Alzheimer Nederland, co-host of the 29th Alzheimer Europe Conference, held three special symposia, during the event.

The first was a special edition of an “Alzheimer Café”. Famous author Nicci Gerrard was interviewed about her latest book, “What Dementia Teaches Us about Love”. The book gained a lot of attention in the media and among the general public. After her own father dying from dementia, she set out to explore the illness. Her book is an attempt to understand and is filled with stories, both moving and optimistic, from people living with dementia to those planning for the end of life, from the scientists unlocking the mysteries of the brain to the therapists using art and music to enrich the lives of affected people; from the campaigners battling for greater compassion in care to the families trying to make sense of dementia. The book explores memory, language, identity, ageing and the notion of what it truly means to care.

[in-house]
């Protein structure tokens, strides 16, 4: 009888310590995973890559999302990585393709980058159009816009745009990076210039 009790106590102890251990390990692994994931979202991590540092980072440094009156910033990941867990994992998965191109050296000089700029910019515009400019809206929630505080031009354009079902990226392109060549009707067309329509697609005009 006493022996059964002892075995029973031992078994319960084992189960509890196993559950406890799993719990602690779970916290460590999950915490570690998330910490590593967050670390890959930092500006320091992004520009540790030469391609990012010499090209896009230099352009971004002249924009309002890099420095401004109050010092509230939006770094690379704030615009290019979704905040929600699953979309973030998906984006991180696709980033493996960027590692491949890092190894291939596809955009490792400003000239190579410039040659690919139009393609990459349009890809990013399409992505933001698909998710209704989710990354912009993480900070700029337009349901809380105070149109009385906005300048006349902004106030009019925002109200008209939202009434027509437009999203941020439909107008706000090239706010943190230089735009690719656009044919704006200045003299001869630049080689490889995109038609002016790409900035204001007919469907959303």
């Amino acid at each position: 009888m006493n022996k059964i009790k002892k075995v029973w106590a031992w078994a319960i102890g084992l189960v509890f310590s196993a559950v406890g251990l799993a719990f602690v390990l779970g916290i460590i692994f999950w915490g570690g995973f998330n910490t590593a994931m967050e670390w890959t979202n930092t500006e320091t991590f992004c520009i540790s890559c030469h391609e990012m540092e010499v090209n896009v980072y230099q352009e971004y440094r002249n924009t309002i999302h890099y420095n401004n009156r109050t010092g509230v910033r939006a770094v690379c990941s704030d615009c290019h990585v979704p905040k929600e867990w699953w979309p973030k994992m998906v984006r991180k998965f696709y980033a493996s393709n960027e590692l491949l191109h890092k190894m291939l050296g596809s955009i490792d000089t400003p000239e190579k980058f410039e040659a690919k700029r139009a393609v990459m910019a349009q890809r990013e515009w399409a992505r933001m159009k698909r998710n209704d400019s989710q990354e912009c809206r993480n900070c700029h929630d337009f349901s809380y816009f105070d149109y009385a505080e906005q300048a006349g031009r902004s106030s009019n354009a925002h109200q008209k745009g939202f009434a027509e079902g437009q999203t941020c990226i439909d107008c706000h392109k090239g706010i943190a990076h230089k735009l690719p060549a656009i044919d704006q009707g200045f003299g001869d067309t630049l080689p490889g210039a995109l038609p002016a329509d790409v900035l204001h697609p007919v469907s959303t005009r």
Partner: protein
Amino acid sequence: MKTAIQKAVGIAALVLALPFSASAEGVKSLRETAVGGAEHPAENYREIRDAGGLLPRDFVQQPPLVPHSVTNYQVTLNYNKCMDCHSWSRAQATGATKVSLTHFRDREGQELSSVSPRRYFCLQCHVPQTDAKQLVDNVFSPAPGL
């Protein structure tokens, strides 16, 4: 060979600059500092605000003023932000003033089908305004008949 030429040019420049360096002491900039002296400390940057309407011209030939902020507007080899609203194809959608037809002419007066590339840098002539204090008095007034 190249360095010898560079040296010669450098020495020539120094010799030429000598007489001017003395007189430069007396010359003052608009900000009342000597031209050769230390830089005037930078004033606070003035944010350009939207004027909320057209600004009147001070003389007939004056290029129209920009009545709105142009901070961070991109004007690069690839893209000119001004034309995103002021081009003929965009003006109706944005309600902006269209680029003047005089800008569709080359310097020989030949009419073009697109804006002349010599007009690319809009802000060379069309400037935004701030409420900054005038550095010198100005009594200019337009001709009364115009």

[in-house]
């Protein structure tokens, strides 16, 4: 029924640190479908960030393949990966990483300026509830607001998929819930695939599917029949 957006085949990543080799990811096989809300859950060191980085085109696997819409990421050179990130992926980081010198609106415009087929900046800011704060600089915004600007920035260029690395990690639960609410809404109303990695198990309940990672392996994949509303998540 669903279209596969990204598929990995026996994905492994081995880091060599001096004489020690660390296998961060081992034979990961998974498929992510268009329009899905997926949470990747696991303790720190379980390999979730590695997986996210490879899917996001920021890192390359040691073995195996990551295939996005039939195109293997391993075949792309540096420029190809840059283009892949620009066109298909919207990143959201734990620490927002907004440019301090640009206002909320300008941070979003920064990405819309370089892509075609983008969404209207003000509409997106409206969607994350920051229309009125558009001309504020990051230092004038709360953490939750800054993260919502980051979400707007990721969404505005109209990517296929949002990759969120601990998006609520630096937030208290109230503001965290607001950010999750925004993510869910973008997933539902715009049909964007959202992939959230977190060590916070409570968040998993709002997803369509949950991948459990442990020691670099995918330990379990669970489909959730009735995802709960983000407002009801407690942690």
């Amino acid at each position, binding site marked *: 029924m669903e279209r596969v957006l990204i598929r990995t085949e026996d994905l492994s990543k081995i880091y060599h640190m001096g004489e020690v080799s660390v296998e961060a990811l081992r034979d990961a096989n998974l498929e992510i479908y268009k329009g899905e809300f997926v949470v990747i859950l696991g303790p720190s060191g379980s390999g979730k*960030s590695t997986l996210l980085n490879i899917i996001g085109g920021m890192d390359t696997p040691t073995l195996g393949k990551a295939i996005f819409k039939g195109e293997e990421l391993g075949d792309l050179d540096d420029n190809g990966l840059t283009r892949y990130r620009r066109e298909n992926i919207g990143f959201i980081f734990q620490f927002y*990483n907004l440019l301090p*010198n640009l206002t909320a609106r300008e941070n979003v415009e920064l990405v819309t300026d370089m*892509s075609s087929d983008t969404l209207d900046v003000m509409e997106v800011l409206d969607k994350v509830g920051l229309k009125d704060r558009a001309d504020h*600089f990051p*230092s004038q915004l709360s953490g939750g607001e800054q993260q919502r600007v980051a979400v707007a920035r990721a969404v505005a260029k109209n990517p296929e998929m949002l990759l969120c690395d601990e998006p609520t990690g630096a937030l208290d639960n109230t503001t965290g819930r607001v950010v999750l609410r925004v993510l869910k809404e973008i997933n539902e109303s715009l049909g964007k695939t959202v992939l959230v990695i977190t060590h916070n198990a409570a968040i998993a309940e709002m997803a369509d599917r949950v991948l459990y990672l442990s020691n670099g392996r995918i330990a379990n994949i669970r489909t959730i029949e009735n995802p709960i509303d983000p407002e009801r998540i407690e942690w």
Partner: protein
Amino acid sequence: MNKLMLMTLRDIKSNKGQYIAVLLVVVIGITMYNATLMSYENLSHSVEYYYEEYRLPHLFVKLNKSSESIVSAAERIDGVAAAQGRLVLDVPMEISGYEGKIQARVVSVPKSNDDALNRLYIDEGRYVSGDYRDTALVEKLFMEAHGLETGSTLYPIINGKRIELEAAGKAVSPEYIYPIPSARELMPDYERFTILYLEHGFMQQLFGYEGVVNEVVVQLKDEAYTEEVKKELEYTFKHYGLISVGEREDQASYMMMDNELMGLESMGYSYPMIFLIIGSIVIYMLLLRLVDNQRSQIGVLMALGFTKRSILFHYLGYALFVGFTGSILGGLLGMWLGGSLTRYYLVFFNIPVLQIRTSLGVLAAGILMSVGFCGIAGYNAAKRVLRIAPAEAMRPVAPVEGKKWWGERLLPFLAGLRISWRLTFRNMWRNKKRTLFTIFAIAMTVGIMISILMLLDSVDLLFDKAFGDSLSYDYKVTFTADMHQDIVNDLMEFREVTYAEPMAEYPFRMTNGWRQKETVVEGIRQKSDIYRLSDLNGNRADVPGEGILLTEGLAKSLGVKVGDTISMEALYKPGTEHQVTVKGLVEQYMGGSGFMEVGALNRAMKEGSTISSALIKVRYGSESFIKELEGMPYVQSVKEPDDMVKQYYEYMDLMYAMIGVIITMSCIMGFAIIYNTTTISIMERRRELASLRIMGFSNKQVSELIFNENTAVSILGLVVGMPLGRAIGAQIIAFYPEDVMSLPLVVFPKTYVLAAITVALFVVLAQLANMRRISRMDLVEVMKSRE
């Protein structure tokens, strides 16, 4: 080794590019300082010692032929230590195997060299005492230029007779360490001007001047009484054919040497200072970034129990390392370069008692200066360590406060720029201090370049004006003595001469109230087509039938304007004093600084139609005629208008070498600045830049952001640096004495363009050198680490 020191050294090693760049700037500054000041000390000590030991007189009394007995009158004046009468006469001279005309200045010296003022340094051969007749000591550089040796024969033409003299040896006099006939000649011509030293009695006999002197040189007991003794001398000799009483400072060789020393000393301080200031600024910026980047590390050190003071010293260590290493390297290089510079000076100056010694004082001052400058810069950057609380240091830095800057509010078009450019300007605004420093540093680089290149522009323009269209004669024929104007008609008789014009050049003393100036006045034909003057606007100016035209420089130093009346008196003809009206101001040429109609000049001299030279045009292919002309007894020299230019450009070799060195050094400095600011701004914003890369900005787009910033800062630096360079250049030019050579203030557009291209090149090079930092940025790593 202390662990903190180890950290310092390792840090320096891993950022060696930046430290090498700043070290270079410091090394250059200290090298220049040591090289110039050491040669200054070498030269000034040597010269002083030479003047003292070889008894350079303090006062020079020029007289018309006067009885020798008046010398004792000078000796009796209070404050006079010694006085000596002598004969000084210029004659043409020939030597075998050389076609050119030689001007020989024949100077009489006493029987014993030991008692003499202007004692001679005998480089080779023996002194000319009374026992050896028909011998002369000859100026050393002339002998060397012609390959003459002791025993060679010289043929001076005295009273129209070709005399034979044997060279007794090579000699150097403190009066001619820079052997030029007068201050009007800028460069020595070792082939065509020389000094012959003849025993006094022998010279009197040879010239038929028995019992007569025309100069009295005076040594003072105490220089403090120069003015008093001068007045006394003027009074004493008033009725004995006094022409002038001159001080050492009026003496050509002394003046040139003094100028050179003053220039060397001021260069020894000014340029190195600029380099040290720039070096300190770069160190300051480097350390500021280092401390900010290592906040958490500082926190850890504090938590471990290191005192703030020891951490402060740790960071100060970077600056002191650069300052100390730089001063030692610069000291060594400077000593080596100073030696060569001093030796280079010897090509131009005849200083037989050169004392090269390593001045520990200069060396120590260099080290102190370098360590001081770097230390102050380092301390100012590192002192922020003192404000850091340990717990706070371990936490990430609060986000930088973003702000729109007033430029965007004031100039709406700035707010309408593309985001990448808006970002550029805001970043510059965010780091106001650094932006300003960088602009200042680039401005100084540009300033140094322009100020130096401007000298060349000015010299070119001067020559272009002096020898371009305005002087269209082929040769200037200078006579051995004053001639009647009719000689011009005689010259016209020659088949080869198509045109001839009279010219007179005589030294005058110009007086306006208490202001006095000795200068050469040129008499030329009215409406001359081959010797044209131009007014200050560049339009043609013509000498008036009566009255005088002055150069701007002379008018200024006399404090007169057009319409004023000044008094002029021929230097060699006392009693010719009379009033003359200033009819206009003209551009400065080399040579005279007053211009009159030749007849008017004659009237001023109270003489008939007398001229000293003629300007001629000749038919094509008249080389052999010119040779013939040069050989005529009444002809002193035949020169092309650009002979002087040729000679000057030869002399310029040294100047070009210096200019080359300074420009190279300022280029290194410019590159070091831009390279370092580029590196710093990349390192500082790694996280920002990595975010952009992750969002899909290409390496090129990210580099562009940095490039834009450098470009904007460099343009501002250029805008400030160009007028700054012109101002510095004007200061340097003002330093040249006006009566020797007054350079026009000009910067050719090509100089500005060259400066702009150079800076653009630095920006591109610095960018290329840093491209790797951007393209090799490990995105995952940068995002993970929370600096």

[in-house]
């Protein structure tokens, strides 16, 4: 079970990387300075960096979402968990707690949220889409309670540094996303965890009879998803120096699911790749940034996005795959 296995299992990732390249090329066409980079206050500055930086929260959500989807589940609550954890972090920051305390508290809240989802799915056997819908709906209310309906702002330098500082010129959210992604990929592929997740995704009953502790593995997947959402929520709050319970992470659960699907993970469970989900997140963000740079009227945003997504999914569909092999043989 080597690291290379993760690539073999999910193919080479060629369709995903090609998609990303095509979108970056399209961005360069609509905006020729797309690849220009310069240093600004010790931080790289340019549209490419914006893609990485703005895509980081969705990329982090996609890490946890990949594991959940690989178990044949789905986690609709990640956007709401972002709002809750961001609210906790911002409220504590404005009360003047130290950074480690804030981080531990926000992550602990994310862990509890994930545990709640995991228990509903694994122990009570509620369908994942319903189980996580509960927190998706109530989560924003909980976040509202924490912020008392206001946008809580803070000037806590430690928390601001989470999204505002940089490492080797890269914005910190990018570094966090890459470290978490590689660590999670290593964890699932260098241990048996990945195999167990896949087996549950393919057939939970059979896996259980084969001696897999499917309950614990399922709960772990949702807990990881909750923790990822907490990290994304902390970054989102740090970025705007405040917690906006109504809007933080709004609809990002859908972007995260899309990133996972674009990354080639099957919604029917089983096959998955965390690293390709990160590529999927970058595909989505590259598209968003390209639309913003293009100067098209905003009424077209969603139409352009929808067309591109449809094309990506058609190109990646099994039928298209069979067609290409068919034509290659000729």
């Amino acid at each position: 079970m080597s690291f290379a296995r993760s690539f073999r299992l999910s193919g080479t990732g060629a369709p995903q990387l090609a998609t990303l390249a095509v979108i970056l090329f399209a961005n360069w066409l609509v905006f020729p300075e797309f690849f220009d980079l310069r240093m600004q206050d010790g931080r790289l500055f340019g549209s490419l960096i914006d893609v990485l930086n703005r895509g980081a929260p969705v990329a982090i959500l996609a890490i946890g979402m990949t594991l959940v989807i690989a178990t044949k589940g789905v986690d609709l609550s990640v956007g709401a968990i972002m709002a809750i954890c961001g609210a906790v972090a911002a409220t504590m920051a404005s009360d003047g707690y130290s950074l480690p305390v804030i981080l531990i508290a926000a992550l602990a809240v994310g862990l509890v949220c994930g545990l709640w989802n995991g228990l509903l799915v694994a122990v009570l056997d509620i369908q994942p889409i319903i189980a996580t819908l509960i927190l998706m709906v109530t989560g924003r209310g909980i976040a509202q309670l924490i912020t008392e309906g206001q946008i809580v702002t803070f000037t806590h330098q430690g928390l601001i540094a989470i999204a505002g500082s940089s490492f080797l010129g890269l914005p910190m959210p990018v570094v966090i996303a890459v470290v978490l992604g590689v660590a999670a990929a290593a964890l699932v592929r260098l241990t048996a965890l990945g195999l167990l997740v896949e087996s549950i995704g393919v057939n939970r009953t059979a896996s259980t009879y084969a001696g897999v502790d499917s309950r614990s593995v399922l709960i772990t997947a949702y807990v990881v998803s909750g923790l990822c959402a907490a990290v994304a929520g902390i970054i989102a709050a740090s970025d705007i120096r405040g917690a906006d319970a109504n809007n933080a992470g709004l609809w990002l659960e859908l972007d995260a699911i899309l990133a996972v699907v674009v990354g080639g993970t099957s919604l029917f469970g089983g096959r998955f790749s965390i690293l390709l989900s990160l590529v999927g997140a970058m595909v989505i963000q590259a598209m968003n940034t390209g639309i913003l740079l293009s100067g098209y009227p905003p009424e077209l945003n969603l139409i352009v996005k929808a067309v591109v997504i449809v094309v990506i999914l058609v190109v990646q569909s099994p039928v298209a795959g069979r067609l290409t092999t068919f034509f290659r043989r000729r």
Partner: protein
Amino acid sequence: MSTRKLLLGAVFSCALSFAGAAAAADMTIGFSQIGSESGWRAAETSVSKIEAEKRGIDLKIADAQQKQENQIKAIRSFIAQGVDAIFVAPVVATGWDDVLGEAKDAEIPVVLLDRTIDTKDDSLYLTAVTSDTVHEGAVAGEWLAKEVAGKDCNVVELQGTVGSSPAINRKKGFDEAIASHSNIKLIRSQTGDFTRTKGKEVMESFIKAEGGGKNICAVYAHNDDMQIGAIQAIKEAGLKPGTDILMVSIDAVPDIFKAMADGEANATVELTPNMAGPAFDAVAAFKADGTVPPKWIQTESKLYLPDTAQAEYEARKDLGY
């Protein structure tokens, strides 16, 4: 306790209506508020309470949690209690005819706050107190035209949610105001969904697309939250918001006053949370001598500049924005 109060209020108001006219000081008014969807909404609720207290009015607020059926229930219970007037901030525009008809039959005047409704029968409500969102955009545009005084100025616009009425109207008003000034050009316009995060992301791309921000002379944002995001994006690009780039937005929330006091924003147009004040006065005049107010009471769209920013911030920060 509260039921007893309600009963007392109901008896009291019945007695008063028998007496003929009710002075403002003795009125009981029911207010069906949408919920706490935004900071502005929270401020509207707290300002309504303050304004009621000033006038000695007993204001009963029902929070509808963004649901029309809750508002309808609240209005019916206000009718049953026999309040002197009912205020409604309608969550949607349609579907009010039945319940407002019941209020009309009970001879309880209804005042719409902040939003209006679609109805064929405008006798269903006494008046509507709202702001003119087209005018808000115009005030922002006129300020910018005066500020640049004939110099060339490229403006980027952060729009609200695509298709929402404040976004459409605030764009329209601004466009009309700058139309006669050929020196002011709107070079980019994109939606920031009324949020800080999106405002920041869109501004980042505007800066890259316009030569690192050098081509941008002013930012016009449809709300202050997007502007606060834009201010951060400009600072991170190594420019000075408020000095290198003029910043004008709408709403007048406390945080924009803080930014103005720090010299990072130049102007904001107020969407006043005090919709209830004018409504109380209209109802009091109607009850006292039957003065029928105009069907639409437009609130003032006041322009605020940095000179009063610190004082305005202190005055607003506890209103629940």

The second Alzheimer Nederland symposium focused on the Netherlands’ national dementia strategy, the “Deltaplan Dementie”. Speakers at the session were Philip Scheltens (Deltaplan Dementie), Marianne De Visser (ZonMW Program Committee), Dinant Bekkenkamp (Alzheimer Nederland) and Karlijn Kwint (Vilans). All four speakers are closely involved in the implementation of the Deltaplan. The Deltaplan was launched in 2012, to address and manage the growing problem of dementia in the Netherlands. This second national strategy was launched by the Ministry of Health, Welfare and Sports and comes to an end next year. The Deltaplan Dementie is also a cooperative network with member organisations in the fields of science, education, healthcare, healthcare insurance and business, as well as patient organisations.

The third and final symposium organised by Alzheimer Nederland was “Innovations in dementia care in the Netherlands”. The speakers were Bere Miesen (The Hague), Bernadette Willemse (Reigershoeve), Simone De Bruin (RIVM – Netherlands National Institute for Public Health and the Environment) and Willem Draaisma (Participe). The Dutch innovations examined during this session were: the “Alzheimer Cafe”, new developments in small-scale housing and care farms; and “Odensehuizen” (a Danish creation, picked up and developed into a new facility in the Netherlands).